Who are we to decide what is good and bad? Can we rise above our own perceptions and desires to have a world overview of what is 'good'? Or even to decide for our friends, family, neighbors, what is good for them? If we choose to impose that yardstick on our own life, we have no right to use it to evaluate the performance and actions of others, even if we are affected by their actions.
Any time we use the words good or bad we are simply stating our preference and opinion. That color looks good/bad on you. That soup tastes good/bad. You did a good/not good job. He's a good/bad boy. We had bad/beautiful weather this weekend. That's a funny/lousy joke. That's bad/wonderful news. I hope it will turn out good/bad. What's the common trait in all those comments? All preferences, all judgments, all personal evaluations.
If the concepts good/bad didn't exist, people's self-esteem would not be so dependent on someone else's opinion of them. We would not feel the need to people please or fish for compliments or do something `right' to receive approval. We would not do things that go against the grain in order to fit in, be accepted and be loved. Maybe less crime would be committed when teenagers (and adults) did not feel they needed to show off and prove that they're somebody,. There would be less lies as people would not need to pretend to be other than they are.
Accepting Things (and People) The Way They Are
When we accept things the way they are (accept what is), we feel more at peace with the world around us. The weather is neither good nor bad -- it simply is what it is. The news is not good or bad -- it is information, a recap of events that took place as seen and evaluated by someone else. Your opinion or beliefs are not good or bad, they simply are what they are -- possibly even the opposite of mine.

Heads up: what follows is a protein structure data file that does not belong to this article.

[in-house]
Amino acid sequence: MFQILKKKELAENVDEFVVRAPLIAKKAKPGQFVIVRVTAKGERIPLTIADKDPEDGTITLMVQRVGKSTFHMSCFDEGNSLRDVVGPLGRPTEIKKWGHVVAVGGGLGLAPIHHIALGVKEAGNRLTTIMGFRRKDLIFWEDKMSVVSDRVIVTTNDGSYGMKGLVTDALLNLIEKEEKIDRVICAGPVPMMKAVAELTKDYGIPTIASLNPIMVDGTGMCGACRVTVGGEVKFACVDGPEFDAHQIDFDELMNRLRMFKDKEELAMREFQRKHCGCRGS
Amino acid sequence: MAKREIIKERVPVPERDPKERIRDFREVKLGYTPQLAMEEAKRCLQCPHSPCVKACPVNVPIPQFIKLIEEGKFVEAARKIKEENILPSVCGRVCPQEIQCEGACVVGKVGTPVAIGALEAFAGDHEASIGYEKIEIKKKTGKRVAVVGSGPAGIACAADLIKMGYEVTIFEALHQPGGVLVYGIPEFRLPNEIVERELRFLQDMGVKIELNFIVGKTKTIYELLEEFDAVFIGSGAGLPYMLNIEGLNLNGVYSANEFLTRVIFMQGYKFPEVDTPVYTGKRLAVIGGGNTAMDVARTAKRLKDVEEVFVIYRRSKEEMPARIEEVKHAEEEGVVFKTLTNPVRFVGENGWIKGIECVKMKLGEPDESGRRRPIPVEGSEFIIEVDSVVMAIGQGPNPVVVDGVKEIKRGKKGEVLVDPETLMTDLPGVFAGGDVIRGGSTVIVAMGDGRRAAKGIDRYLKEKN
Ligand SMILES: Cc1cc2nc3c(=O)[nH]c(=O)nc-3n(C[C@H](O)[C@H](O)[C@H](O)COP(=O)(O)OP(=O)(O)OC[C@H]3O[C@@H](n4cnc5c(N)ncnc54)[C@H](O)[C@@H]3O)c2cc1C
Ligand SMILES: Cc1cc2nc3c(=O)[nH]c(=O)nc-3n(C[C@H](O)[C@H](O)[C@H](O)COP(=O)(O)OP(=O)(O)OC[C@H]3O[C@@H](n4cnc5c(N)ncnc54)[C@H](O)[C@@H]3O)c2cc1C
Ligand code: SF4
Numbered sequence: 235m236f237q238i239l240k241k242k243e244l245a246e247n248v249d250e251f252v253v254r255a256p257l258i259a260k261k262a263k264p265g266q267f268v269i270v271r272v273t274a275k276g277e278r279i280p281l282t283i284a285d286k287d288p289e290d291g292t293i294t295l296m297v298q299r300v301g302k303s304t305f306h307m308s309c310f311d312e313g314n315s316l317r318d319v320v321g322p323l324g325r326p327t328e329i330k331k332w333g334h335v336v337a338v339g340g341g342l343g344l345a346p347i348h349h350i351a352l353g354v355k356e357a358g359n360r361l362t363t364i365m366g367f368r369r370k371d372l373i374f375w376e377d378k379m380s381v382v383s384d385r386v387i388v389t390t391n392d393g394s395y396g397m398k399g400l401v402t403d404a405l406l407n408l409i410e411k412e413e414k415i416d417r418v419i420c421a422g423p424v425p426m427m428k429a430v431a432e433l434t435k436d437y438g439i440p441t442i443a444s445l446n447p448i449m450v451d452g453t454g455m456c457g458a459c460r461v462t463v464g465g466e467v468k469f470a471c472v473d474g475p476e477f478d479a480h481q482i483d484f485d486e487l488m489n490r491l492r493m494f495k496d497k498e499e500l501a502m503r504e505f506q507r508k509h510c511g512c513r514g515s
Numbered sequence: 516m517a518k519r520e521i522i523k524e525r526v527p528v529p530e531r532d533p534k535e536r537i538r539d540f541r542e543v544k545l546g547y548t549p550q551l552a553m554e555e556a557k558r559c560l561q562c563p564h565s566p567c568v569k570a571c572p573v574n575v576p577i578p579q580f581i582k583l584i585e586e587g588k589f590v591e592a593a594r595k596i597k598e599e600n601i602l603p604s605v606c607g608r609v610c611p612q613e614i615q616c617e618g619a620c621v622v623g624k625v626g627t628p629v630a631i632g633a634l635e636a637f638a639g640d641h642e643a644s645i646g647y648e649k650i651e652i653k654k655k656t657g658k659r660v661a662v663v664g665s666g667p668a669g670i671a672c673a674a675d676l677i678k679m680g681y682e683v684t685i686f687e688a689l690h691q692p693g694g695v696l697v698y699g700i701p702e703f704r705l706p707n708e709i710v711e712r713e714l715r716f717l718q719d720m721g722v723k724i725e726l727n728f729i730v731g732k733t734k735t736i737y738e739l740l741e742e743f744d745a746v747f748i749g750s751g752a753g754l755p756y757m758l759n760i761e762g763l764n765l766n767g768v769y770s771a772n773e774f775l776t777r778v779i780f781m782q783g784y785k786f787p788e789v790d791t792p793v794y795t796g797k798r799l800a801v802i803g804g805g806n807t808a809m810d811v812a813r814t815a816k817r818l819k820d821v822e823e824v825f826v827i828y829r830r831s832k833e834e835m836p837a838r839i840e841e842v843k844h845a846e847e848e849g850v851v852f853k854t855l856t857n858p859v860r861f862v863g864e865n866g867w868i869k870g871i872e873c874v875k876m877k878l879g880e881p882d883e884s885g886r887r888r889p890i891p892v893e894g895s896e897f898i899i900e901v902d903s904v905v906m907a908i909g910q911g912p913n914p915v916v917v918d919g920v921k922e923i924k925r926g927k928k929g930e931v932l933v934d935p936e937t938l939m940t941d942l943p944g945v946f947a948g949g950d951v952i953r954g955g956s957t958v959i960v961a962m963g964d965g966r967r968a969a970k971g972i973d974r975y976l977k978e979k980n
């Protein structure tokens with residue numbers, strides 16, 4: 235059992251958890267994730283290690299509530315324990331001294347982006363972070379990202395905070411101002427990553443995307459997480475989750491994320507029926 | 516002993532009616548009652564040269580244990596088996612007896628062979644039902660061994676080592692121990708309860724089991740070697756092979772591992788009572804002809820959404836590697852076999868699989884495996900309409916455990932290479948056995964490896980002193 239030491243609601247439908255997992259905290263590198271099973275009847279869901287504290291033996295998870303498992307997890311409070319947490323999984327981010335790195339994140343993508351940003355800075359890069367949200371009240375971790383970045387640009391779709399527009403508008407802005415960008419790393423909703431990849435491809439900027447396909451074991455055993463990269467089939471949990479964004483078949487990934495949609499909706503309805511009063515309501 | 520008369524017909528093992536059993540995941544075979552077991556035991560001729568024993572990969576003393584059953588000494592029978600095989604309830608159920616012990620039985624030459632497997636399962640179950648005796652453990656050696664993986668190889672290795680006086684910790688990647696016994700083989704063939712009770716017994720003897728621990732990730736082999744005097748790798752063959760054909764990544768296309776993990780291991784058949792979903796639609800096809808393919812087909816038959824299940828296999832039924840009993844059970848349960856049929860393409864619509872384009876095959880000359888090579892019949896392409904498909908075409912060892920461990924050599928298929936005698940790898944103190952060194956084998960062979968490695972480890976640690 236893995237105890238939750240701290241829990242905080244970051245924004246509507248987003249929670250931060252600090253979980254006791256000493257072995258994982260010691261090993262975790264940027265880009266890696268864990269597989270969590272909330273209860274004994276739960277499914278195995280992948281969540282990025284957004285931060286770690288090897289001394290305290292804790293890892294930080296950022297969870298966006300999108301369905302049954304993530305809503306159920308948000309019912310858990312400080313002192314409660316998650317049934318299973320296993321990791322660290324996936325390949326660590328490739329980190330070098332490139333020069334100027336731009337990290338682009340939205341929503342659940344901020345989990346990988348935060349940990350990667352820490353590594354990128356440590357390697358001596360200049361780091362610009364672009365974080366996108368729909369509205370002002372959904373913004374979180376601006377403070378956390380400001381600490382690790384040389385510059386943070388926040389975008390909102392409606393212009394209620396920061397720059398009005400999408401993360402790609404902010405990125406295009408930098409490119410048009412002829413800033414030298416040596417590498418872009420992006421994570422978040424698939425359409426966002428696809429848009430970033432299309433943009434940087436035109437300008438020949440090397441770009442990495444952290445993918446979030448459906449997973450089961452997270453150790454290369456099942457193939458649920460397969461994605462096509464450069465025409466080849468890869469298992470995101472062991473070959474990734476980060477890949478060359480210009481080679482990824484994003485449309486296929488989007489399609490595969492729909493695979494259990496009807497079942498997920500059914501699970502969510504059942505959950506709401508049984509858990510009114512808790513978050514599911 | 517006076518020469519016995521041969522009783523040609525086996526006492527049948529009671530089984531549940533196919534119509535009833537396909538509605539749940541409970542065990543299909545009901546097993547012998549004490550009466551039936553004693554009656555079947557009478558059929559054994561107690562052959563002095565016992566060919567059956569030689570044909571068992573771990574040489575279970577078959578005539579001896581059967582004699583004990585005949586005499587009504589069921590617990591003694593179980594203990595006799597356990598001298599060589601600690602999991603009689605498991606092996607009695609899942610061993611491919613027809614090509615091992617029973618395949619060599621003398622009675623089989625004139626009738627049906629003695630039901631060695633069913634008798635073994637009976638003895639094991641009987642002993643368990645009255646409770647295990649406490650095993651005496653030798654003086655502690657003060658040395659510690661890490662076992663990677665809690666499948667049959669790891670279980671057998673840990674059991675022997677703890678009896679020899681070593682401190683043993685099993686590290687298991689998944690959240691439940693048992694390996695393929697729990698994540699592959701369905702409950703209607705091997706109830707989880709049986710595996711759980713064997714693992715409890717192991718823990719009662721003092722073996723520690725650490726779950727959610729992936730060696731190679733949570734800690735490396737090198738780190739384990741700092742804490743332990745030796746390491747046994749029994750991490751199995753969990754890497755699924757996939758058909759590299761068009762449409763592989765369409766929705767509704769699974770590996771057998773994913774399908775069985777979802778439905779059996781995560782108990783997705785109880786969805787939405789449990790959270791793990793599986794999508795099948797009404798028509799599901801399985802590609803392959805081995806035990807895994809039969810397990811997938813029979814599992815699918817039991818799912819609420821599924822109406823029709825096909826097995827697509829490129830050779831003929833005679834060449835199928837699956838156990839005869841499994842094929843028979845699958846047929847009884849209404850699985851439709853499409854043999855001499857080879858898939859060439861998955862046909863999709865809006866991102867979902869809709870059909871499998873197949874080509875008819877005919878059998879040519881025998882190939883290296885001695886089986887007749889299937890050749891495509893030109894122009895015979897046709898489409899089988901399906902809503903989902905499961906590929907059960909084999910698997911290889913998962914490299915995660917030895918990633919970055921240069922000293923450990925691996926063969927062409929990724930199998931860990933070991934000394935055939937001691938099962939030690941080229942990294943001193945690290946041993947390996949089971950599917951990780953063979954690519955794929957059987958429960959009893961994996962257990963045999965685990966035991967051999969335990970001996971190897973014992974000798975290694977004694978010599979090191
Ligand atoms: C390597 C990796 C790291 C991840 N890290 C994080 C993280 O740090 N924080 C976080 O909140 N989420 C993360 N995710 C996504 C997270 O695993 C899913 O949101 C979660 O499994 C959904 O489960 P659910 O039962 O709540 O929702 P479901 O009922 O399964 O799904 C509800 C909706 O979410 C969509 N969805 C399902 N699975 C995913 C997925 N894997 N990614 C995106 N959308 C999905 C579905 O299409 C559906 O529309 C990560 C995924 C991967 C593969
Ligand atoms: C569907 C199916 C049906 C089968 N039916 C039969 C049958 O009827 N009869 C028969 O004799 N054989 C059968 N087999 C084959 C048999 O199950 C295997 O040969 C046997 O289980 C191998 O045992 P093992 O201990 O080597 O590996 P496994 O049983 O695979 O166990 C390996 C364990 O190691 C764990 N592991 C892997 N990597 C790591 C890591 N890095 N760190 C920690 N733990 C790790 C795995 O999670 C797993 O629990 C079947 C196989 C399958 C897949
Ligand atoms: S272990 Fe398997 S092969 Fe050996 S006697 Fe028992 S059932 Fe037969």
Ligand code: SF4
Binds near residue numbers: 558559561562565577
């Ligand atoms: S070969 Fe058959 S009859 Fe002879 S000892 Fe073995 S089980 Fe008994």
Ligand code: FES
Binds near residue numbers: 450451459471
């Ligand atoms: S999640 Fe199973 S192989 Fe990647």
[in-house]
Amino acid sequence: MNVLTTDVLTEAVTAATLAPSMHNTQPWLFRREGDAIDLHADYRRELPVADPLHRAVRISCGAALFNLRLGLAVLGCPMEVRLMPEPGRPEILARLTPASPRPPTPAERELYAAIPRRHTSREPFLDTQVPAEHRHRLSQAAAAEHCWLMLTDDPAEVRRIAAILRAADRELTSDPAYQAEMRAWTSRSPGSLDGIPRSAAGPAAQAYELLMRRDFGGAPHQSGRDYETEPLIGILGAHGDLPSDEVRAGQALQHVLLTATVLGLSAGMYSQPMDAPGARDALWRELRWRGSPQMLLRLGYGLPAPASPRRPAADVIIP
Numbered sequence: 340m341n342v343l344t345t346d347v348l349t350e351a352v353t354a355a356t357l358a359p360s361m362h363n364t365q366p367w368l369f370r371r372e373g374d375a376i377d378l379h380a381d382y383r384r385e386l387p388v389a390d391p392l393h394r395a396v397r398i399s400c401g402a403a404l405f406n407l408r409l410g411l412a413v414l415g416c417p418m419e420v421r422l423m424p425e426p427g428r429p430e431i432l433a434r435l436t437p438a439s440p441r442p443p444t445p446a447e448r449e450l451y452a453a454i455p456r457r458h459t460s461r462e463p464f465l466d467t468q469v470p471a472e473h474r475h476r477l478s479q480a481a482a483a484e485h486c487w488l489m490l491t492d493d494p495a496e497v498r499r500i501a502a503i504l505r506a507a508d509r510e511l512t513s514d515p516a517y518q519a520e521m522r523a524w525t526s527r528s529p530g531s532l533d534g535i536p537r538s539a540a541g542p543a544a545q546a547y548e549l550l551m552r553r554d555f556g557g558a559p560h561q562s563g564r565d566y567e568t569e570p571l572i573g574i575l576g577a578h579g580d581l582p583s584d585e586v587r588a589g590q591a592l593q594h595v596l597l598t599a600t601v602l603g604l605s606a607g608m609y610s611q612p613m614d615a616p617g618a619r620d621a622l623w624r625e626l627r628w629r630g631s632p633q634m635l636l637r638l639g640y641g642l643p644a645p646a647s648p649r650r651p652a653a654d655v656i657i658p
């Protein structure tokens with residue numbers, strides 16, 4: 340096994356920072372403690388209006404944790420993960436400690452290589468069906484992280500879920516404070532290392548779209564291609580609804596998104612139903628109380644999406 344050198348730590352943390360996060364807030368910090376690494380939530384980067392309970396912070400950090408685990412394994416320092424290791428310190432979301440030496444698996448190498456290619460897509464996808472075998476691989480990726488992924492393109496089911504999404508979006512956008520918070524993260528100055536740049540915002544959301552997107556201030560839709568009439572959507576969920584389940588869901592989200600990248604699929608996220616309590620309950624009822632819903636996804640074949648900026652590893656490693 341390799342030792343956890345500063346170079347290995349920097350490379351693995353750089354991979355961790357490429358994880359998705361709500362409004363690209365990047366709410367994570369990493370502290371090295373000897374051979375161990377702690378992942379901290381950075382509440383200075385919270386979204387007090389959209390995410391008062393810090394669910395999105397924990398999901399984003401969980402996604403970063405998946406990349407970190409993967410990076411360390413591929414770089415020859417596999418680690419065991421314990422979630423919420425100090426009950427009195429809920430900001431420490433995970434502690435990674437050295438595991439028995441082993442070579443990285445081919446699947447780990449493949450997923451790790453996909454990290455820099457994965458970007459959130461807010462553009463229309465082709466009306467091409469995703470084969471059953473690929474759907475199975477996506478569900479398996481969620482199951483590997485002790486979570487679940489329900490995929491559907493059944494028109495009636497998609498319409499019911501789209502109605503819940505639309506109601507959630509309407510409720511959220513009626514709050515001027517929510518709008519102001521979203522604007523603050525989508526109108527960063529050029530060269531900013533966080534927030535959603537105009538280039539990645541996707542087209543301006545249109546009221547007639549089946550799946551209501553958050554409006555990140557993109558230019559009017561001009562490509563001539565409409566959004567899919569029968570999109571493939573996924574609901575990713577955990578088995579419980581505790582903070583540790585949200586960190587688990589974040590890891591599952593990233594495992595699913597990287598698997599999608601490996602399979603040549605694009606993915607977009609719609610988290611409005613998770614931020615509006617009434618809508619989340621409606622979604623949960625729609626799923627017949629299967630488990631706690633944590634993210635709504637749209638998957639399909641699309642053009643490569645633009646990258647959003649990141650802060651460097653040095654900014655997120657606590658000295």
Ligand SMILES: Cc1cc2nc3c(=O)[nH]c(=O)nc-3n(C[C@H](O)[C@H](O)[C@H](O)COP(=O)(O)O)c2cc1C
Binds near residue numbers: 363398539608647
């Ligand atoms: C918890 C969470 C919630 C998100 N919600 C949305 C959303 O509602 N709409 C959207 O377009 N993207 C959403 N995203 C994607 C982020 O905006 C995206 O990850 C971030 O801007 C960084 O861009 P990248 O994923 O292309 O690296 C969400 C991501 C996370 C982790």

And that does not mean that one of us is right and the other wrong. It simply means we see things from two different perspectives. If my favorite color is blue and yours is red, does that make one of us right and the other wrong?
Let's play at eliminating some words from our vocabulary (or at least from our concepts.) Ask your mind to alert you each time you catalog something as good or bad, right or wrong, etc. You might be surprised at how often you evaluate and judge things as acceptable or not, right or wrong, etc.
It's a mind opening experience in itself to simply be aware of the value judgments we have been making. And that's not good or bad -- it simply is!
Ishmael: An Adventure of the Mind and Spirit
by Daniel Quinn.
One of the most beloved and bestselling novels of spiritual adventure ever published, Ishmael has earned a passionate following among readers and critics alike.
TEACHER SEEKS PUPIL. Must have an earnest desire to save the world. Apply in person.
"It was just a three-line ad in the personals section, but it launched the adventure of a lifetime." So begins an utterly unique and captivating novel. In Ishmael, which received the Turner Tomorrow Fellowship for the best work of fiction offering positive solutions to global problems, Daniel Quinn parses humanity’s origins and its relationship with nature, in search of an answer to this challenging question: How can we save the world from ourselves?
Click here for more info and/or to order this book. Also available as an Audiobook, a Kindle edition, and with a Library binding. This special twenty-fifth anniversary edition features a new foreword and afterword by the author, as well as an excerpt from My Ishmael.
About The Author
Marie T. Russell is the founder of InnerSelf Magazine (founded 1985). She also produced and hosted a weekly South Florida radio broadcast, Inner Power, from 1992-1995 which focused on themes such as self-esteem, personal growth, and well-being. Her articles focus on transformation and reconnecting with our own inner source of joy and creativity.